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Sex differences in vascular aging in response to testosterone

Moreau KL1,2Babcock MC3Hildreth KL3.

Biol Sex Differ. 2020 Apr 15;11(1):18. doi: 10.1186/s13293-020-00294-8.



Large elastic arterial stiffening and endothelial dysfunction are phenotypic characteristics of vascular aging, a major risk factor for age-associated cardiovascular diseases. Compared to men, vascular aging in women appears to be slowed until menopause, whereafter vascular aging accelerates to match that seen in men. These sex differences in vascular aging have been attributed to changes in sex hormones that occur with aging. Although the role of estradiol in vascular aging in women has been highlighted in recent aging research, little is known about the impact of declining testosterone concentrations in both sexes. Importantly, while androgen concentrations generally decline with age in men, there are data that indicate reductions in androgen concentrations in women as well. Evidence suggests that low testosterone is associated with impaired endothelial function and increased arterial stiffness in men, although the effect of androgens on vascular aging in women remains unclear. Testosterone may modulate vascular aging by mitigating the effects of oxidative stress and inflammation, although there is sex specificity to this effect. The purpose of this review is to present and summarize the research regarding sex differences in vascular aging in response to androgens, specifically testosterone. Because exercise is a potent lifestyle factor for slowing and reversing vascular aging, we briefly summarize the available literature regarding the regulatory function of testosterone on vascular adaptations to exercise training.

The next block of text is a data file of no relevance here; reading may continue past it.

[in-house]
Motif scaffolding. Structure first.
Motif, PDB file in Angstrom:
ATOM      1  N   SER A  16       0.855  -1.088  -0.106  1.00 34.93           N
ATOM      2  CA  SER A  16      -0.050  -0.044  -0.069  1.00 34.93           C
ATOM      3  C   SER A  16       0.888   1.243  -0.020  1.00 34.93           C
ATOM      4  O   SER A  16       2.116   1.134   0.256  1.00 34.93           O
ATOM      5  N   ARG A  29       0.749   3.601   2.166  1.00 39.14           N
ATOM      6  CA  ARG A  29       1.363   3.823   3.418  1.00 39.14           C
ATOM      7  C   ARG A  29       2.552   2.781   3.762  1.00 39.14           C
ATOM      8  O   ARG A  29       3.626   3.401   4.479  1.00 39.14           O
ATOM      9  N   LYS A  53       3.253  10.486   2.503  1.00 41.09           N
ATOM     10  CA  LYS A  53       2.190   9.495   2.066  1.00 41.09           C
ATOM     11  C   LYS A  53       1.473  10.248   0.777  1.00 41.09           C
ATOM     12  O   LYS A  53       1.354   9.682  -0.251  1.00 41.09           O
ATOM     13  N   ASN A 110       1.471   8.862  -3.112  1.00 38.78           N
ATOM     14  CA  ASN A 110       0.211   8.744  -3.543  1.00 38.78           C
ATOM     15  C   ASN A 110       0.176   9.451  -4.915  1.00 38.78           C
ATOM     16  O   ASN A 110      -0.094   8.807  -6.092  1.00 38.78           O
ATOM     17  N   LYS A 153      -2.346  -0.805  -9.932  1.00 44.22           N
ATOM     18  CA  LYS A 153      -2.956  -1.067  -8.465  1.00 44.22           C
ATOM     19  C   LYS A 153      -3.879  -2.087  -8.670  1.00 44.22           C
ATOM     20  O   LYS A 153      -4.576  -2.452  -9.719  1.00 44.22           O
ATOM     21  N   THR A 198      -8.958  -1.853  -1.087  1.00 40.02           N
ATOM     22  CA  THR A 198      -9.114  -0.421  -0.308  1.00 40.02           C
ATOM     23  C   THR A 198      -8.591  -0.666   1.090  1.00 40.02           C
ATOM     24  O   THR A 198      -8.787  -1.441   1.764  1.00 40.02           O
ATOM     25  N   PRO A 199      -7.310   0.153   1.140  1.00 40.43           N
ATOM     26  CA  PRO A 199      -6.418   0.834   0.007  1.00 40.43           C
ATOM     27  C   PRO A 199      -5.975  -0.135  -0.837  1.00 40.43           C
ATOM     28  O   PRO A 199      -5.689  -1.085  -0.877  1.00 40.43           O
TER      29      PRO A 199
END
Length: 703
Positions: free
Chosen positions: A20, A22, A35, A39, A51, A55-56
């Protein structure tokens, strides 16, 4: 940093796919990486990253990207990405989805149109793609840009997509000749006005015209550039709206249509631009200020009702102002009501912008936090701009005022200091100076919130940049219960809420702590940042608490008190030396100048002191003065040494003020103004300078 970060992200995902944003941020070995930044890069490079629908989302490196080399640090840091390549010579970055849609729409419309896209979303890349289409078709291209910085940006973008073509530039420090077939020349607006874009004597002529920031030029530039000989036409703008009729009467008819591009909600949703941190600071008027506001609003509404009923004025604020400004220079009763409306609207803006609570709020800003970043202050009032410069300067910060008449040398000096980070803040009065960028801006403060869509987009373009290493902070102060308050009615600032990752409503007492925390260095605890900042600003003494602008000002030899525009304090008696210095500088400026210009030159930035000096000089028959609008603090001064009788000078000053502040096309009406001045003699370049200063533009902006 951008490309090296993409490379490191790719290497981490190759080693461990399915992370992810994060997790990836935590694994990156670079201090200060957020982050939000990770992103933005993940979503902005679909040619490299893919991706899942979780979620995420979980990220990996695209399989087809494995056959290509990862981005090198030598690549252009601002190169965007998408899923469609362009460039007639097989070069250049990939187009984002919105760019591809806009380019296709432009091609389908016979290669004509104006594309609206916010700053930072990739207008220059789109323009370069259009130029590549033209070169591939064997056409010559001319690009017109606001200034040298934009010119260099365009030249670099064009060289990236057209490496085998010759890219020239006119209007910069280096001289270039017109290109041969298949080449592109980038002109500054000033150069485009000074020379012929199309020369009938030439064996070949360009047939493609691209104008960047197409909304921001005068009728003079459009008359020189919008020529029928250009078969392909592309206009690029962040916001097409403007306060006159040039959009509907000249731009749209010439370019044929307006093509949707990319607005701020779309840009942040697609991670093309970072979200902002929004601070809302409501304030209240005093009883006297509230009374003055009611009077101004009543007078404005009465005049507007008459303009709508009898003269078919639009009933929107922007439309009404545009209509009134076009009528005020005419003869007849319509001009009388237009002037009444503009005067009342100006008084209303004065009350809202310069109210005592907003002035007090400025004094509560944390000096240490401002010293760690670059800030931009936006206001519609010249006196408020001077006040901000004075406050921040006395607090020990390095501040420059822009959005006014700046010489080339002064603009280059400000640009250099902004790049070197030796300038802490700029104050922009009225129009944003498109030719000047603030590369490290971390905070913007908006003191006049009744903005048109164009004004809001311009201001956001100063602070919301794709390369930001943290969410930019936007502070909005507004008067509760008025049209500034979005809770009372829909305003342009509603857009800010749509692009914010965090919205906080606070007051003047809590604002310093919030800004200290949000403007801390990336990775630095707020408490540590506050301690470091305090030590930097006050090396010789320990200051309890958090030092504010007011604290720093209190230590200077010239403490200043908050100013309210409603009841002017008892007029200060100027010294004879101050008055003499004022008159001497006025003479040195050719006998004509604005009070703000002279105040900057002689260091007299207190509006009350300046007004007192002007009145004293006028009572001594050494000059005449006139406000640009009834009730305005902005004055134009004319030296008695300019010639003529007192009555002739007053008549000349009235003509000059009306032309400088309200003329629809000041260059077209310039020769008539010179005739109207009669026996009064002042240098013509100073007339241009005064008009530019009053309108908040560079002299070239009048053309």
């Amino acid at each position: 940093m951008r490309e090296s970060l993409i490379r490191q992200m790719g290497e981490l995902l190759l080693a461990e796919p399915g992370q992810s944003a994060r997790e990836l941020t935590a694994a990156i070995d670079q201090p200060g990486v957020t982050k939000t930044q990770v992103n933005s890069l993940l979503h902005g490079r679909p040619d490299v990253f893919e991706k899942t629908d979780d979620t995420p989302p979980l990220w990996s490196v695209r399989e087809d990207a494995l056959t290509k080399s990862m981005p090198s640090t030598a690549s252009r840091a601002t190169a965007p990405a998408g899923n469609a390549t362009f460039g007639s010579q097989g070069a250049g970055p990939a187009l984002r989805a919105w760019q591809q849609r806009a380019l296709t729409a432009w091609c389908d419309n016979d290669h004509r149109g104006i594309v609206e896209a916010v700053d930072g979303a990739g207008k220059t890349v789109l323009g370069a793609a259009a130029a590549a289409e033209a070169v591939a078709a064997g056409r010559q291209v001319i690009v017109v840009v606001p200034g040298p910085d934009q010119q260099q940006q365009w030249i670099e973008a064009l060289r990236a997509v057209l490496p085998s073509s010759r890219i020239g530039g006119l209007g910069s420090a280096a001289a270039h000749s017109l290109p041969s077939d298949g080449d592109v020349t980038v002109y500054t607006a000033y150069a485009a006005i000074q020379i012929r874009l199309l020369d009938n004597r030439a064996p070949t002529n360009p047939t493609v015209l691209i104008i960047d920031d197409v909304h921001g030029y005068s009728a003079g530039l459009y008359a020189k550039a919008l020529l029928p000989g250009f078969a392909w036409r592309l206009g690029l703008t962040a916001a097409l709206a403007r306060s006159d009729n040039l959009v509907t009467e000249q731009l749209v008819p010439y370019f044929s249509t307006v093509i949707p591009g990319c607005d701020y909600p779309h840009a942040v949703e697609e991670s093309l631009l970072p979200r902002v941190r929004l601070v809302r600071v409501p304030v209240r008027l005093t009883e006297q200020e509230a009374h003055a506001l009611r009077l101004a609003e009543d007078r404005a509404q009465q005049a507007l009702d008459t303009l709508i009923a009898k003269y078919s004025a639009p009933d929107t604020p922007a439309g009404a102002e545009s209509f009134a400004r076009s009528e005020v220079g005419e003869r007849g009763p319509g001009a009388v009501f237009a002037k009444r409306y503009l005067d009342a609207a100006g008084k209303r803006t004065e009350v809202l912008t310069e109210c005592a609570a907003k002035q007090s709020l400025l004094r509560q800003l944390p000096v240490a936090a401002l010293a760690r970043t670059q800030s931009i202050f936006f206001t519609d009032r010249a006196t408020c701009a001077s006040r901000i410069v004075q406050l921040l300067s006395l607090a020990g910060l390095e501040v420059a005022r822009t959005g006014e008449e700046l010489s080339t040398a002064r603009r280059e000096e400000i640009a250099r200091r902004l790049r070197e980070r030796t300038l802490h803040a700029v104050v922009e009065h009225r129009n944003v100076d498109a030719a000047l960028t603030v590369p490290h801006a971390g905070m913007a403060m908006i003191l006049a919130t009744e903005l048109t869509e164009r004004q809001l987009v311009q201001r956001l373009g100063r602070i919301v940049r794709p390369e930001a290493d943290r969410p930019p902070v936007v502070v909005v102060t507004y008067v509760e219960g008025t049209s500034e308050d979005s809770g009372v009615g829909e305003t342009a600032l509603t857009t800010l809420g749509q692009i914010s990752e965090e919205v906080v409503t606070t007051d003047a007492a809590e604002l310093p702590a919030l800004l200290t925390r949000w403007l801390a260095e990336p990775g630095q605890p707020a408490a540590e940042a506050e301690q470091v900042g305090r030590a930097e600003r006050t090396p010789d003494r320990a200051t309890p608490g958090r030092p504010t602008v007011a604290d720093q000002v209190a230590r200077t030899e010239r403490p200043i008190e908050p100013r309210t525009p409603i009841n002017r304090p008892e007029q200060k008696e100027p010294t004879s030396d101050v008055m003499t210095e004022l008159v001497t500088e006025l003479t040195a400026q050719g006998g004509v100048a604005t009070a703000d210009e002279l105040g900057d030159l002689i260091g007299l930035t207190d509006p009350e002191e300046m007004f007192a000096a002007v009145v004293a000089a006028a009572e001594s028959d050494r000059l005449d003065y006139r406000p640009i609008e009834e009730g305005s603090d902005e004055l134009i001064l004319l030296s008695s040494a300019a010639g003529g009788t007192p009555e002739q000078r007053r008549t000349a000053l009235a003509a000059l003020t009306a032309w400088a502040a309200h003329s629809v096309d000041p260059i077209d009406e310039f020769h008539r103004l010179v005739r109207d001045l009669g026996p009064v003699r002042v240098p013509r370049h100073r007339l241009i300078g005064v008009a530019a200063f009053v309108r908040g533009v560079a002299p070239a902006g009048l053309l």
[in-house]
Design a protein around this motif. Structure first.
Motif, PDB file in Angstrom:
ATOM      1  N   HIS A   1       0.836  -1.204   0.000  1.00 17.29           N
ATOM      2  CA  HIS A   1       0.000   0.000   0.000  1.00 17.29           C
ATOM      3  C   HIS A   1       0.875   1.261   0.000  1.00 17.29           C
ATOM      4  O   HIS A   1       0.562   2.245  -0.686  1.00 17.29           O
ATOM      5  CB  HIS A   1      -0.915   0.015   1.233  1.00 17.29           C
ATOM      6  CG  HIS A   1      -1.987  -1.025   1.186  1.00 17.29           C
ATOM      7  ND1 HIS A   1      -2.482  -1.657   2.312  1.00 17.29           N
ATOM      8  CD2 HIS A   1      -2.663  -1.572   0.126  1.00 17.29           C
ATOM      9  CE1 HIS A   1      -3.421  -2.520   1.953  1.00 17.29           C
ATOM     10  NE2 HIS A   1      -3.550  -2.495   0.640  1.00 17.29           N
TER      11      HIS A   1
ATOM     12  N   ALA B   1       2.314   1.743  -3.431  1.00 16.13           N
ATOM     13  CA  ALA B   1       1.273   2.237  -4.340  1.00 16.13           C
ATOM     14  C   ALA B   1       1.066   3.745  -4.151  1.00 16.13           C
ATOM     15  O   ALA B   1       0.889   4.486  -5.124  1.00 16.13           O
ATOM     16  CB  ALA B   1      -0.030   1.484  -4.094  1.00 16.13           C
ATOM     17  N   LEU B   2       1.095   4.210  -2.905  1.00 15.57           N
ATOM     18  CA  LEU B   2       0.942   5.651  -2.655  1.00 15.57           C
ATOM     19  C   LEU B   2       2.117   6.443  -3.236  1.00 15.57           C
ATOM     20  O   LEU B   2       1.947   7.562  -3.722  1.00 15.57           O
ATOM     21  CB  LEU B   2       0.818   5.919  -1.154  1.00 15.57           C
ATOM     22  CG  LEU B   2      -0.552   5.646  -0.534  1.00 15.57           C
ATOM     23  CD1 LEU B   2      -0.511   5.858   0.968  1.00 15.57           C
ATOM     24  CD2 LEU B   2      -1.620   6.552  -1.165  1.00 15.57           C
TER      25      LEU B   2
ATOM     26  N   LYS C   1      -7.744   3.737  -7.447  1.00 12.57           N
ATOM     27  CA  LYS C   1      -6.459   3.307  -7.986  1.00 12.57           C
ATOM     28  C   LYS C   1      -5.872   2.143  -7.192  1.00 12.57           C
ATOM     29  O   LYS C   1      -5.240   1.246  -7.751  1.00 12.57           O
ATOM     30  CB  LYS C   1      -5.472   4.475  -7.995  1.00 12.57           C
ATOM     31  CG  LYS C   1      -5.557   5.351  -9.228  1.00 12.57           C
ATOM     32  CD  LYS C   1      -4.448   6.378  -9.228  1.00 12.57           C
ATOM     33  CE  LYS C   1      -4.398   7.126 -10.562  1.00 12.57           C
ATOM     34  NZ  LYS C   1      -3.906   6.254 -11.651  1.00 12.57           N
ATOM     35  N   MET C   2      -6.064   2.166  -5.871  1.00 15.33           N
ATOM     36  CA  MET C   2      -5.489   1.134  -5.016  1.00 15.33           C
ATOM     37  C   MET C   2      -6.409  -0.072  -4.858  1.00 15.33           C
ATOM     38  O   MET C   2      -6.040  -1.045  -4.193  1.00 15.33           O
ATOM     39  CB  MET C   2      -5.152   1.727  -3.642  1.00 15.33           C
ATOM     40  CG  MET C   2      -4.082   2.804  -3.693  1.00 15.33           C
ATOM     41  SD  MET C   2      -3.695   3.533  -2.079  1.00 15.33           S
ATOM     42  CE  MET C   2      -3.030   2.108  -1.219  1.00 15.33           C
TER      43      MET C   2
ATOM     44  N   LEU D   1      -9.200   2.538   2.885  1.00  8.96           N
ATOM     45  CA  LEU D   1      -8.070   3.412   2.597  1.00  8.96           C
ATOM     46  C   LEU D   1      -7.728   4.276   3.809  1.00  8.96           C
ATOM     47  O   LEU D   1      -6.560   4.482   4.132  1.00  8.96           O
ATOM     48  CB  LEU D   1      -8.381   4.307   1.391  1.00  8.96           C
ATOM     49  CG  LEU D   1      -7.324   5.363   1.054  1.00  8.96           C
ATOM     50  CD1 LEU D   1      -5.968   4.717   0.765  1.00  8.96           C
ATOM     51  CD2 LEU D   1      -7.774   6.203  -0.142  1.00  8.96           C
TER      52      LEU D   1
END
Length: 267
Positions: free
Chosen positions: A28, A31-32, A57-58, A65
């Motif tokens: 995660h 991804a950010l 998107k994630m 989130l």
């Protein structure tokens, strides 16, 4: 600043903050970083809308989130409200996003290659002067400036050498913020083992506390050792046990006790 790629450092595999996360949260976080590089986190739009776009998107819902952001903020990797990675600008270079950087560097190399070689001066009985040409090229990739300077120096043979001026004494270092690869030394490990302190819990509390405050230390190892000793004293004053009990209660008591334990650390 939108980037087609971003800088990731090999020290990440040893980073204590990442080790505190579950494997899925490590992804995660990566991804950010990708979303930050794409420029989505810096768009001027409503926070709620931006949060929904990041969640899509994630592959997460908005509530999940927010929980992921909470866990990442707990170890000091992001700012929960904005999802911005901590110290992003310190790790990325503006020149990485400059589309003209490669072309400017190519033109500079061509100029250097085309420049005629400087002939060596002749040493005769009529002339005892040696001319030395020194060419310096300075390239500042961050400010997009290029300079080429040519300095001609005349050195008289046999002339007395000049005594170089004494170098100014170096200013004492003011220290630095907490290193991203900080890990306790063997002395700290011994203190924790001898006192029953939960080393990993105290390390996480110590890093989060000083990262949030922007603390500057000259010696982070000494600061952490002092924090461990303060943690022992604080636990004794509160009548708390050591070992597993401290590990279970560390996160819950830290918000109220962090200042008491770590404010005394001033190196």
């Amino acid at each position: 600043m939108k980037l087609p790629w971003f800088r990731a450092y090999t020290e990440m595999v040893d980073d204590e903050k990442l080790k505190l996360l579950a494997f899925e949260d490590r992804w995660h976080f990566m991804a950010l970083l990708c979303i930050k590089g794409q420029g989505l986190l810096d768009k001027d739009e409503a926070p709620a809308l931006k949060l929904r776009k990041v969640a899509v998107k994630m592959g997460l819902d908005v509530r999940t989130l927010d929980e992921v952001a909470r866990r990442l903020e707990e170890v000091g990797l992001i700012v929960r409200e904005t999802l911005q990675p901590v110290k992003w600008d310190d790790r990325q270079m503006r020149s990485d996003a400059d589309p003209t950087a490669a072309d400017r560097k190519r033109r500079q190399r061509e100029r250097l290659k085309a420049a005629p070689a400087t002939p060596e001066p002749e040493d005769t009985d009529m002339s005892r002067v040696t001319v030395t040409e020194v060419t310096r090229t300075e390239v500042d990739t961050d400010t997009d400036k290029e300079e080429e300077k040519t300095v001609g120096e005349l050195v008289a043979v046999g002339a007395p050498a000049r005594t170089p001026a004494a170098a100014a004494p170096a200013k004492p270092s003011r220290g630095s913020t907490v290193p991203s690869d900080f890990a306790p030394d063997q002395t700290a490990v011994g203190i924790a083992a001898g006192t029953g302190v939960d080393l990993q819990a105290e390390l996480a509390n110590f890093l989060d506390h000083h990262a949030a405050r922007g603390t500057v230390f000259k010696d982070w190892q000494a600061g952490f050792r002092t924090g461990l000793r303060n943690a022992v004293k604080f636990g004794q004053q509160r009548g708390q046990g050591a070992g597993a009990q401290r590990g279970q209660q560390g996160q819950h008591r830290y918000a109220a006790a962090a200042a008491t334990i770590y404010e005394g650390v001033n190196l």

Vascular aging, featuring large elastic arterial stiffening and endothelial dysfunction, is thought to provide the milieu in which vascular diseases can flourish by combining with other pathophysiological CVD risk factors, creating a potentially lethal age-disease interaction. As such, elucidating mechanisms contributing to increased risk are needed for further development of strategies that attenuate or prevent the age-related changes in vascular function. Sex differences in vascular aging have been attributed to sex differences in gonadal aging and sex hormones. Although most of the literature on sex differences in vascular aging has focused on the effects of estrogen deficiency associated with menopause, little attention has been paid to the modulatory influence that declines in testosterone may contribute to vascular aging in women and men. Overall, available data support an association between lower levels of testosterone and endothelial function and increased arterial stiffness in men . However, any effect of testosterone on vascular aging may be dependent on multiple factors including age, disease status, degree of testosterone deficiency, and form of testosterone supplementation, as well as effects from changes in other vasoactive hormones, such as estrogens. In contrast, the available data investigating the association of testosterone and vascular aging in women are more variable . Moreover, the safety of long-term testosterone therapy on cardiovascular health has not been established. Thus, other strategies such as regular exercise are promoted as antiaging interventions to target vascular aging in older adults. However, declines in gonadal function may also diminish beneficial endothelial adaptations to exercise training. The very limited data on the role of androgens in vascular adaptations to exercise suggest that testosterone may enhance improvements in endothelial function with exercise training in men with low levels of testosterone. Additional research is needed to further explore the effects of androgens on vascular adaptations to exercise in both men and women, as well as to explore underlying mechanisms for potential androgenic effects. Collectively, an improved understanding of the impact of declines in sex hormones, including androgens, on the aging vasculature at the cellular and systemic levels is needed to inform future sex-specific therapies for the prevention of CVD.